Fire Pump

After a huge fire in 1866 the Norwich Union insurance company, striving to protect its policy holders and its own financial position, presented Whitstable with its own Horse Drawn Fire Pump. This pump was used to fight the Great Fire of Whitstable of 1869 which destroyed 70 buildings.  The bright-red restored manual pump is an impressive exhibit.

Fire Pump x400

After huge fires in 1822 and 1866, plus numerous small fires, the Norwich Union donated a manual Fire Engine to Whitstable. It had to be housed and manned locally and in August 1867, the Whitstable Volunteer Fire Brigade was formed. The pump was stored in the new fire station building in the High Street and the horses were provided by the Bear and Key inn (now Prezzo).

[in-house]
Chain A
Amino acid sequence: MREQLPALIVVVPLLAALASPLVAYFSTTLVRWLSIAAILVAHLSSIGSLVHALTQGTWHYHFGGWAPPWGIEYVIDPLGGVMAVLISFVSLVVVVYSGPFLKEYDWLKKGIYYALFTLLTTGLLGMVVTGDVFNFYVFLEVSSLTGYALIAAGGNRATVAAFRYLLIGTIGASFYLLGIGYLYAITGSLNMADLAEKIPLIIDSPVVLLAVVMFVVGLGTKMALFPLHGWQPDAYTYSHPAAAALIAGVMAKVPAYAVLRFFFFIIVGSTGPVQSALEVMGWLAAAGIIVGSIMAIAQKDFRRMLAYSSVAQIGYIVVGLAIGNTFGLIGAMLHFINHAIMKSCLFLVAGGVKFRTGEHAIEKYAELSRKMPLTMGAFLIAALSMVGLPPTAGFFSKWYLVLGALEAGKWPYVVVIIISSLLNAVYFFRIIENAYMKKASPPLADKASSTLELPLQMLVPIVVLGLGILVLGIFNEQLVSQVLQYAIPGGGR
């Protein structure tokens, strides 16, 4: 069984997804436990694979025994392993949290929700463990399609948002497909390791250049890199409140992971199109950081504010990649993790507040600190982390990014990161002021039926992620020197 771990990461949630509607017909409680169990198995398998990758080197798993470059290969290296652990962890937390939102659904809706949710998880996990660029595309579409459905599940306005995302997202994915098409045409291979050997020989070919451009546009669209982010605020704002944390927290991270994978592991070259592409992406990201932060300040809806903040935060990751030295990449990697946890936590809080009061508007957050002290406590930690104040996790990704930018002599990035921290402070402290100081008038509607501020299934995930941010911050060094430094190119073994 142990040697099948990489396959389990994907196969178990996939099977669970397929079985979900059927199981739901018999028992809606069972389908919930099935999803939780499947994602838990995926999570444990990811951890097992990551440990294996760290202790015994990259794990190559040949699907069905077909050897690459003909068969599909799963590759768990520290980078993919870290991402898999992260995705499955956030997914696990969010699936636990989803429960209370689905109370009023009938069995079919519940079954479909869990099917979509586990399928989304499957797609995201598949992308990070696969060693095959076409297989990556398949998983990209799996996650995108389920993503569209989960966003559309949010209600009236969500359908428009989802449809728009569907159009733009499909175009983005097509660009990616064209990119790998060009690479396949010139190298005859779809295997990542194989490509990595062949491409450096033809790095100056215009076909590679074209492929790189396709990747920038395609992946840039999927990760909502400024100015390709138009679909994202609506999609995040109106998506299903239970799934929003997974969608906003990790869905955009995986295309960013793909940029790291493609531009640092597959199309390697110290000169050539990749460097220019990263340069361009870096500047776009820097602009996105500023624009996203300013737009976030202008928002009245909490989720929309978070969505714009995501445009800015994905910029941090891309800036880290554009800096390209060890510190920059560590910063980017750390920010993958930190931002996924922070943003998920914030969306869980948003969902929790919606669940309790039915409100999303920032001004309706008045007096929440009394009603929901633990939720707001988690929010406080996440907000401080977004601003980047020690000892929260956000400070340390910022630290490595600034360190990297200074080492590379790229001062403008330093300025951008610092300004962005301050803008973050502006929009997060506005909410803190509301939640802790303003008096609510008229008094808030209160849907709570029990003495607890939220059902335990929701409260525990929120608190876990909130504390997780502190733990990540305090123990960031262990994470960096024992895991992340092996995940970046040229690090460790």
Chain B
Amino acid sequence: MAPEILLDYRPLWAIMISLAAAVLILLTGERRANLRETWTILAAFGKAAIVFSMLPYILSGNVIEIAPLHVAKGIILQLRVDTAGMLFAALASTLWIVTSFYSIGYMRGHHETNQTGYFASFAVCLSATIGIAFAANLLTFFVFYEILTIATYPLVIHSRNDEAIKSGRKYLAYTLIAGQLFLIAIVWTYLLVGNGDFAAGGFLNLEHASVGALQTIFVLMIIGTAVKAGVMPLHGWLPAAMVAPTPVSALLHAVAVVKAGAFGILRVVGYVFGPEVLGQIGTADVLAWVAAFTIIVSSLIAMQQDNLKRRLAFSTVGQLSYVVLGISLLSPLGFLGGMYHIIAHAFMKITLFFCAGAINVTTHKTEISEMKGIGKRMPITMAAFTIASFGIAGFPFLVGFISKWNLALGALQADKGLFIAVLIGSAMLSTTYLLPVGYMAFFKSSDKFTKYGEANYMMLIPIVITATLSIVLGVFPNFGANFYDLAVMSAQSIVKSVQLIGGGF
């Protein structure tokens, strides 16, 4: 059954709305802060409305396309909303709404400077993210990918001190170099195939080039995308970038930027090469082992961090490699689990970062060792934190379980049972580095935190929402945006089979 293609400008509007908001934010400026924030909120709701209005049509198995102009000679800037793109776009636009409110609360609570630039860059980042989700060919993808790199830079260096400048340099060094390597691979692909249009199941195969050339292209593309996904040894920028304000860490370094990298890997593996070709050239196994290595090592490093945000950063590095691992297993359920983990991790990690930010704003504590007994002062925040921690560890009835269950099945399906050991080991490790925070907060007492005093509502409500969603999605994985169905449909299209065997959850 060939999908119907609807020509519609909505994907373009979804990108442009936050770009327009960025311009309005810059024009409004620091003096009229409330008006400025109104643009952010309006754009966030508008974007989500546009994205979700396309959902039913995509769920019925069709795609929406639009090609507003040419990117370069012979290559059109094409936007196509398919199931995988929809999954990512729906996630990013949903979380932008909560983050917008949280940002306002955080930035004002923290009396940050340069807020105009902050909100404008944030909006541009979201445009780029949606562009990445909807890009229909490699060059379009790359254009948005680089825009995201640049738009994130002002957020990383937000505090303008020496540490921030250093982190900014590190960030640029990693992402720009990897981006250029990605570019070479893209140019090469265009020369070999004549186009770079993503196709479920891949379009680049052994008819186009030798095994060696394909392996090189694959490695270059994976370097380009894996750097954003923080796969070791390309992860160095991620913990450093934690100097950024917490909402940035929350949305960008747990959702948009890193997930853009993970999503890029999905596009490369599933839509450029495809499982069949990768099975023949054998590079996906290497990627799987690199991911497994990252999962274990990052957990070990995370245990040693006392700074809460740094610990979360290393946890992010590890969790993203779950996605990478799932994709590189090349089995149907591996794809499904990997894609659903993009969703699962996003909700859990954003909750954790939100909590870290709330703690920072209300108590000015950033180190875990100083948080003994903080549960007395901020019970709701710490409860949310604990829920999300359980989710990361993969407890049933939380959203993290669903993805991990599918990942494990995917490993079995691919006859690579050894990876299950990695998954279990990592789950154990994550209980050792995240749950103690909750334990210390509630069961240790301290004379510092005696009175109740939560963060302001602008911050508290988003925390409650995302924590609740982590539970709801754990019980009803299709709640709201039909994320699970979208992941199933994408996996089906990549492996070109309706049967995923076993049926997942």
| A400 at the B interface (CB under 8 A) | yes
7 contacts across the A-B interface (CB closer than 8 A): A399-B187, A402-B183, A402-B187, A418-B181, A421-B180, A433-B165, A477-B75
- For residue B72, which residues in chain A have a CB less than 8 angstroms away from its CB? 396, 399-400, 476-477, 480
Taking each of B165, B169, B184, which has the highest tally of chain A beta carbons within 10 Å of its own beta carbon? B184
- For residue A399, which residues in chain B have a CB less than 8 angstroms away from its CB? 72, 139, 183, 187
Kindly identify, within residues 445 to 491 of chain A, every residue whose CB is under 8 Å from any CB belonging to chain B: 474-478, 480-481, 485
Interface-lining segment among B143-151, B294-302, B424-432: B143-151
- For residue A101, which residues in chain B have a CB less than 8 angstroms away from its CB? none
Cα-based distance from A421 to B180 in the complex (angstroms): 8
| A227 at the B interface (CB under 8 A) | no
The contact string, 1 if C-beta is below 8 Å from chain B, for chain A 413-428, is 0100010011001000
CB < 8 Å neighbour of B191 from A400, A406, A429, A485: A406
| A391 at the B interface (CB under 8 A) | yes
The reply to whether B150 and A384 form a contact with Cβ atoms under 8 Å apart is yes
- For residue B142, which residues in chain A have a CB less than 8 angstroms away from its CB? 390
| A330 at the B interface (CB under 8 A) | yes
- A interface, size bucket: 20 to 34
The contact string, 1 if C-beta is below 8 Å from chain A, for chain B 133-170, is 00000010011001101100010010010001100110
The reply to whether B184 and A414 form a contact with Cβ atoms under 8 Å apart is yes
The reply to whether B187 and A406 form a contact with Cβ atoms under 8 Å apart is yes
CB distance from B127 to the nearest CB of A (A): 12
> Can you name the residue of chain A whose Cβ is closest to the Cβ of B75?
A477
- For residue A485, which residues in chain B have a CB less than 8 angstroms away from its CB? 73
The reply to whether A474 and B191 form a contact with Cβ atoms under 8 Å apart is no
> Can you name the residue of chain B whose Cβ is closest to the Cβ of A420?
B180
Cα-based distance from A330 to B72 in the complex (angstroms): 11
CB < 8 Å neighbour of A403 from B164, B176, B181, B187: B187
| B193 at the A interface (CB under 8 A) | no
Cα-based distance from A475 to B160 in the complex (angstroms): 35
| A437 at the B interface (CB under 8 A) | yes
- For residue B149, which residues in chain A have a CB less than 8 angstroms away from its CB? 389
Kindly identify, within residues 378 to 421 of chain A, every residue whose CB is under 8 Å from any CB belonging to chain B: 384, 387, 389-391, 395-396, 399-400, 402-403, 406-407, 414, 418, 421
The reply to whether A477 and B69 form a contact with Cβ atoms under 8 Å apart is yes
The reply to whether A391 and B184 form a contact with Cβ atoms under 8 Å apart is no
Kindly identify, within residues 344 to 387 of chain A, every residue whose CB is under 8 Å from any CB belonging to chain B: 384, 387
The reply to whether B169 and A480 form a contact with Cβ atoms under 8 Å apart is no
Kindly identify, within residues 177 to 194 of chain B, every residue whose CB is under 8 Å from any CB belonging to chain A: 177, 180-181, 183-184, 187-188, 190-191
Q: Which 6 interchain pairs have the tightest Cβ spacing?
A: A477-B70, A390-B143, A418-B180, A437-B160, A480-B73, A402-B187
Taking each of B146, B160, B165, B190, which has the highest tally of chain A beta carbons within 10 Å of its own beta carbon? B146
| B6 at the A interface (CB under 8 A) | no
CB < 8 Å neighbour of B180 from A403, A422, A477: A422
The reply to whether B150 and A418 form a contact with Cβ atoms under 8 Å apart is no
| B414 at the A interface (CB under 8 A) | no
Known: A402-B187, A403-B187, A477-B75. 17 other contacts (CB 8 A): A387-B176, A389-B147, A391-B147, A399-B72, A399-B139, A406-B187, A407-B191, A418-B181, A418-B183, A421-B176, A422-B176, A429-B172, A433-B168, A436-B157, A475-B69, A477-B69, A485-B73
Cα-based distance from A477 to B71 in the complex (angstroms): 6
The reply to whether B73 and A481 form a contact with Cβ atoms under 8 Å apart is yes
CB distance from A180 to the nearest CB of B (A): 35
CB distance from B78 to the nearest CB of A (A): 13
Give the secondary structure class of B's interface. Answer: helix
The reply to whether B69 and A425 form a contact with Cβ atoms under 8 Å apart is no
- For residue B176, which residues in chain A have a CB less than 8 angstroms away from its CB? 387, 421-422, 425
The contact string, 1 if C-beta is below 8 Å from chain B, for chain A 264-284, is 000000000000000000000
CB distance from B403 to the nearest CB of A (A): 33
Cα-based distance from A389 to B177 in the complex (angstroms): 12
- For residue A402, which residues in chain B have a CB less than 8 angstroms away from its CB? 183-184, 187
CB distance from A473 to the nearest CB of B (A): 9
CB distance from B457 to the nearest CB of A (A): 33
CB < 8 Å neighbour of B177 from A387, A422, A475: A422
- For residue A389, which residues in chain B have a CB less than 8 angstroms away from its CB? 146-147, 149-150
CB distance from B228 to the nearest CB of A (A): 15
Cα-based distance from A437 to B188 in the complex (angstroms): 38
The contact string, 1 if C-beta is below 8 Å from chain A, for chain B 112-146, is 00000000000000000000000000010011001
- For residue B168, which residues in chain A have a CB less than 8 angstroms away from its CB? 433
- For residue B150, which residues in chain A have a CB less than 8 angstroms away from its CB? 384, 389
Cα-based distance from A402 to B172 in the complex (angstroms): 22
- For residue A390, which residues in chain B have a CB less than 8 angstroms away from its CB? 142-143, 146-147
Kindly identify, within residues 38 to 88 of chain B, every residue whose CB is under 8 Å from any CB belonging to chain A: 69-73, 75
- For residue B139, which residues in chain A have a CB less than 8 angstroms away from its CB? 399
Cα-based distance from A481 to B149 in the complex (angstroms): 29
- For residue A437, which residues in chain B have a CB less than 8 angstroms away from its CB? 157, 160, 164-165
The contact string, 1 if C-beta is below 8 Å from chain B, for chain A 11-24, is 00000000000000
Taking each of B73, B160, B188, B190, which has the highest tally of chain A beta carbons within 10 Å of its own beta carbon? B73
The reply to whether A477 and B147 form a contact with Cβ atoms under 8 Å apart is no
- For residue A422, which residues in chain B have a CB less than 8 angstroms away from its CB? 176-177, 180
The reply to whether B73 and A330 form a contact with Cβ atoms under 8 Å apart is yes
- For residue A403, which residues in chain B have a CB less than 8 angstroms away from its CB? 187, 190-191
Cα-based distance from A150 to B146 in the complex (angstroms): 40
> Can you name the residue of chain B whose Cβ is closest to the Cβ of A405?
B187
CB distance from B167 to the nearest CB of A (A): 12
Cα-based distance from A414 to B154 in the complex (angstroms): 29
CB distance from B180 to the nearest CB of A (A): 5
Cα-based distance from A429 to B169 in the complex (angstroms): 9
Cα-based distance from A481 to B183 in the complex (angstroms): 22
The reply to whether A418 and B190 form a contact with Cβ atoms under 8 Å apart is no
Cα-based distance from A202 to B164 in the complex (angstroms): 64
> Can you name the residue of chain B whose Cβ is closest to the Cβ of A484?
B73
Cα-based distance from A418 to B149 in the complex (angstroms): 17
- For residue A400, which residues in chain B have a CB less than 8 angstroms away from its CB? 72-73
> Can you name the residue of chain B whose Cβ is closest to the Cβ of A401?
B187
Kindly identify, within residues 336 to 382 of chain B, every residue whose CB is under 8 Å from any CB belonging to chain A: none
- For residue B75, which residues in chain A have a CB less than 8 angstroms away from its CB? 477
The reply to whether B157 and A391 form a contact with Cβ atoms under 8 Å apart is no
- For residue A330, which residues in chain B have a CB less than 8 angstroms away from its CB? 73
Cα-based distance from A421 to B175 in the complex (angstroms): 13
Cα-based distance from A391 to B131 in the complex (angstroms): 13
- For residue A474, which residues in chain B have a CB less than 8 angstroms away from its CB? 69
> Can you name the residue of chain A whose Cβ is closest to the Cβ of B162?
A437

When a fire was discovered someone would run or cycle to the fire station and a maroon rocket would be set off to call the men.  With thirteen men operating the handles at each side, the pump generated about 13 horsepower which was enough to send a jet of water to the highest building (only three stories!).

The problem of course was finding sufficient water, but in those days most houses had a pond in a meadow behind where animals were kept, or the sea could be used if the tide was in.